Understanding the Weird Parts
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Reddit Posts and Comments
0 posts • 31 mentions • top 28 shown below
3 points • The_BeardedHippo
2 points • Beerand93octane
For someone that is somewhat new to JS, I'd highly reccomend this course.
1 points • tlsh2020
I haven't watch any of those two courses.
Of course Mozilla docs are great, too.
Will Sentance courses on Frontendmasters are also good.
1 points • ricealexander
I haven't taken the course, but from what I can tell, it looks like it has stayed up-to-date.
Generally, if a course was published after 2015 (ES6), it should be up-to-date and if it was published before, it should be avoided. Although many language constructs from before then are still relevant and valuable, there have been huge changes in best-practices, developer-tooling, and the perception of the language as a whole.
The course you refer to appears to have been last updated last month, has some fantastic reviews (>94% of reviews are 4 or 5 stars), and has videos with titles surrounding ES6 features ("Scope, ES6, and let", "ES6 and Classes", "TypeScript, ES6, and Transpiled Languages", "ES6 Features Reference") (15.5 minutes).
Based on the author's reputation and the appearance that they routinely update their course to stay relevant, I would probably trust this course and consider their $15.99 offer a steal.
1 points • buszmen201
1 points • MinHtet_Oo
1 points • dinosuvar
1 points • philmayfield
1 points • atapas
If you are looking for something in depth as in how things work under the hood in JS, I would highly recommend this,
1 points • Kino-_no-_tabi-
1 points • vampirelogic
1 points • mutsop
It is certainly NOT out of date. The whole theory behind it, keeps on living... This is one of the best JS vids I've seen so far.
You'll learn about how context works, how the context manages closures, all about the weird parts, ...
And for those people who think JS theory is wasted or theory questions, like what is a closure is pointless in interviews, you ARE wrong. You want to be an expert and work in a quality environment, you learn the theory. It's with theory AND practice, that you'll advance. Knowing what happen in the background, is what makes you understand more.
Unfortunately I see it everywhere. "Programmers" copying code from the net, and using it on bigger projects... No knowledge, code consistency or whatsoever. Just copy/paste the damn thing. Try and figure it out by yourself. You'll learn way more. In the first few years, you might take 3 to 4 times longer to create something decent, but the more you do it yourself, the faster it goes.
1 points • GrumpyGuss
For me it was a struggle to make it through, but I'm glad I did and I learned a lot from it. I enjoy the way that the author weaves ideas together seamlessly, rather than breaking them up into discrete sections. It really made learning the language more pleasant for me and appealed to the way that I think.
But he also has the bad habit of just dropping a concept on you before he gets around to explaining it, so you'll be looking at some unfamiliar syntax wondering wth is going on only to finally reach the text concerning it later in the chapter, after you've already looked it up.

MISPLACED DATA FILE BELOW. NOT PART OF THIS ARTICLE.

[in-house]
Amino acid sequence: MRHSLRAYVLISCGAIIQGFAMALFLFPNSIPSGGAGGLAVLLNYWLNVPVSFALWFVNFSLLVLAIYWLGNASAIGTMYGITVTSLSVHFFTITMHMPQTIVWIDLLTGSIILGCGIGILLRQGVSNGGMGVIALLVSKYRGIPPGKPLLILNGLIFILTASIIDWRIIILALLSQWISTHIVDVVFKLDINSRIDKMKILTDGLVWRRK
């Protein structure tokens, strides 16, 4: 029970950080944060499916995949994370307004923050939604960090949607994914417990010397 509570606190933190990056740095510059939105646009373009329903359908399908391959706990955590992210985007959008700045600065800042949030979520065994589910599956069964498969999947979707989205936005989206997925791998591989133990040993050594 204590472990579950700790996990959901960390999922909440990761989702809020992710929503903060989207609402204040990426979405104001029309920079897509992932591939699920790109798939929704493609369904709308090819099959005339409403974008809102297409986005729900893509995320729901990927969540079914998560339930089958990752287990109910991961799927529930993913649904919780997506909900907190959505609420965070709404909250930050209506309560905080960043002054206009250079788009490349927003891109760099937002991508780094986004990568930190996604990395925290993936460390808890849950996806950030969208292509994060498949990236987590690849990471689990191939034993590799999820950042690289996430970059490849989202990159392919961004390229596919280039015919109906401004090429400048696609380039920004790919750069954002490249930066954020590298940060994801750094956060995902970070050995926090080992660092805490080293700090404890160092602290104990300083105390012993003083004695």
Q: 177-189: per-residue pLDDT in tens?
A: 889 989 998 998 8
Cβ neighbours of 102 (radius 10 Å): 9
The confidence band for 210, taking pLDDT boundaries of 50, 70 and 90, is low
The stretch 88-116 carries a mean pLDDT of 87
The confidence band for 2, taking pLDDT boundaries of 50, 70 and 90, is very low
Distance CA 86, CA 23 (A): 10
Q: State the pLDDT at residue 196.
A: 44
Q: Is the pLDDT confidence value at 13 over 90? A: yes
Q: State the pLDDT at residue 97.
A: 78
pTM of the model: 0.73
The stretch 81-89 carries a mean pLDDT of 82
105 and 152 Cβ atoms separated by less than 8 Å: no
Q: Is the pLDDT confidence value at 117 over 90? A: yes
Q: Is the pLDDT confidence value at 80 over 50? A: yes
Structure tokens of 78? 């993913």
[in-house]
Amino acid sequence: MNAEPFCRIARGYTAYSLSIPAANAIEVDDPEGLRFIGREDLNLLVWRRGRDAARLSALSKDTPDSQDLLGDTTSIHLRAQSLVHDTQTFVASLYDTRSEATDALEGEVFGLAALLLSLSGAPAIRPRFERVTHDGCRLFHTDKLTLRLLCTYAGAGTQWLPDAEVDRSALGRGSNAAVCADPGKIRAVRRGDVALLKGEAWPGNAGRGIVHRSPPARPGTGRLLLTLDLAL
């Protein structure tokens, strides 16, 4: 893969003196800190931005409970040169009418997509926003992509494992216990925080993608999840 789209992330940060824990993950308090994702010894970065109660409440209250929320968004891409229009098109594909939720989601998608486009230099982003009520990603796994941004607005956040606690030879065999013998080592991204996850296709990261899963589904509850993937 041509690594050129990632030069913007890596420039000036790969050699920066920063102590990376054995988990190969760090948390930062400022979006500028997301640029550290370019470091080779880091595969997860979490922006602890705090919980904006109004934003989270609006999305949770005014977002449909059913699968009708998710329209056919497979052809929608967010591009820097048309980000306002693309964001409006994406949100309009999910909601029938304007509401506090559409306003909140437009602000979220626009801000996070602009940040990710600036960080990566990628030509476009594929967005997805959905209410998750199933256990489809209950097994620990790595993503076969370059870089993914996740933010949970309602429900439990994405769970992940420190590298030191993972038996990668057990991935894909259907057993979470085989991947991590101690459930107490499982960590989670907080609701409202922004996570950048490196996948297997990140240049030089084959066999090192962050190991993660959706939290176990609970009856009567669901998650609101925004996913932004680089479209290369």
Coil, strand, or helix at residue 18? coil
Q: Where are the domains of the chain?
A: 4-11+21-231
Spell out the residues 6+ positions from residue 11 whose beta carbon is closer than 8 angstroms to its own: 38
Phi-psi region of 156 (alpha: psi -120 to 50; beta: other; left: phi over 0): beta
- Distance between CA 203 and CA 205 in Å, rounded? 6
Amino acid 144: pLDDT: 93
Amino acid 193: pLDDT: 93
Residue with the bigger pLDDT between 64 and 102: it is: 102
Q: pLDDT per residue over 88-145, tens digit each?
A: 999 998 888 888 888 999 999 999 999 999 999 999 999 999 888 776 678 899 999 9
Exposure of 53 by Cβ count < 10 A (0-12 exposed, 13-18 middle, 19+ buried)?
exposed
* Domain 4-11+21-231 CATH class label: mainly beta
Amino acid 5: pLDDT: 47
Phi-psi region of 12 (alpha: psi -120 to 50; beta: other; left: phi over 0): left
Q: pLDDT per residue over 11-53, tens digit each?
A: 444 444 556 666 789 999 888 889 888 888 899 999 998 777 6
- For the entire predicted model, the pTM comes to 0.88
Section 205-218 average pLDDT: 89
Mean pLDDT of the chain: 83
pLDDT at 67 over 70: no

If you're new to programming and JS, you won't be able to make it through EJS without going to other materials to fill in the gaps. You will spend time puzzling over code and having to decipher it for yourself. This isn't exactly a bad thing.
The author decides to, or forgets to hold your hand at times and you'll need to solve problems for yourself. It's a challenge, and an unnecessary one, but also one that forces you to learn and improve in ways that a more introductory text wouldn't.
1 points • pioardi
1 points • use_a_name-pass_word
I highly recommend this
You can watch the first 3 and a half hours free here (the creator uploaded it)
1 points • modemmute
I found this course extremely helpful.
0 points • yadoya
It doesn't get much better than that, my friend
1 points • amiralen1
1 points • Oculareo
1 points • scripteaze
Learn and use grid and flex, Learn and use Bootstrap, Take a look at saas. Look up youtube videos on these things and do a few of the examples or tutorials.
I would sit and play with all of these things for about 4 months, then i would start looking at React or whichever lib you are interested in. I am also a newb, just giving you some extra feedback
1 points • usertim
1 points • lmktech
These 2 from udemy are my best go to resources to learn JS.
2 points • mike8io
Teach myself JS curriculum
Thoughts on this track for self-teaching JS? Missing anything?
- Eloquent JS
- Galvanize Prep Course (their free bootcamp prep program)
1 points • marilux14
I also took these and they were really great for practicing on skills as in tech interviews:
For the Udemy ones I'd wait until they get on sale (like between $10-20) before buying since they do sales all the time. And yes these aren't free, but you get what you pay for.
1 points • Ok-Bed7273
For HTML and CSS: https://developer.mozilla.org/en-US/docs/Learn/Front-end_web_developer
For full stack JS: https://fullstackopen.com/en
For JS basics: https://www.freecodecamp.org
The Odin project as an alternative: https://www.theodinproject.com
1 points • Faheemify
1 points • istudentoflife
1 points • Anxo333
With that said, get familiar with debugging using developer tools (preferably Chrome) and you will start recognizing /solving problems on your own. Very few online courses focus on this topic, which is absolutely must to know. Remember, always use debugger and refer MDN docs before asking anyone for help.
Here are two videos which I believe are great source to learn debugging -
Intermediate/Advanced Tutorial -
https://www.youtube.com/watch?v=Bv_5Zv5c-Ts (Free version)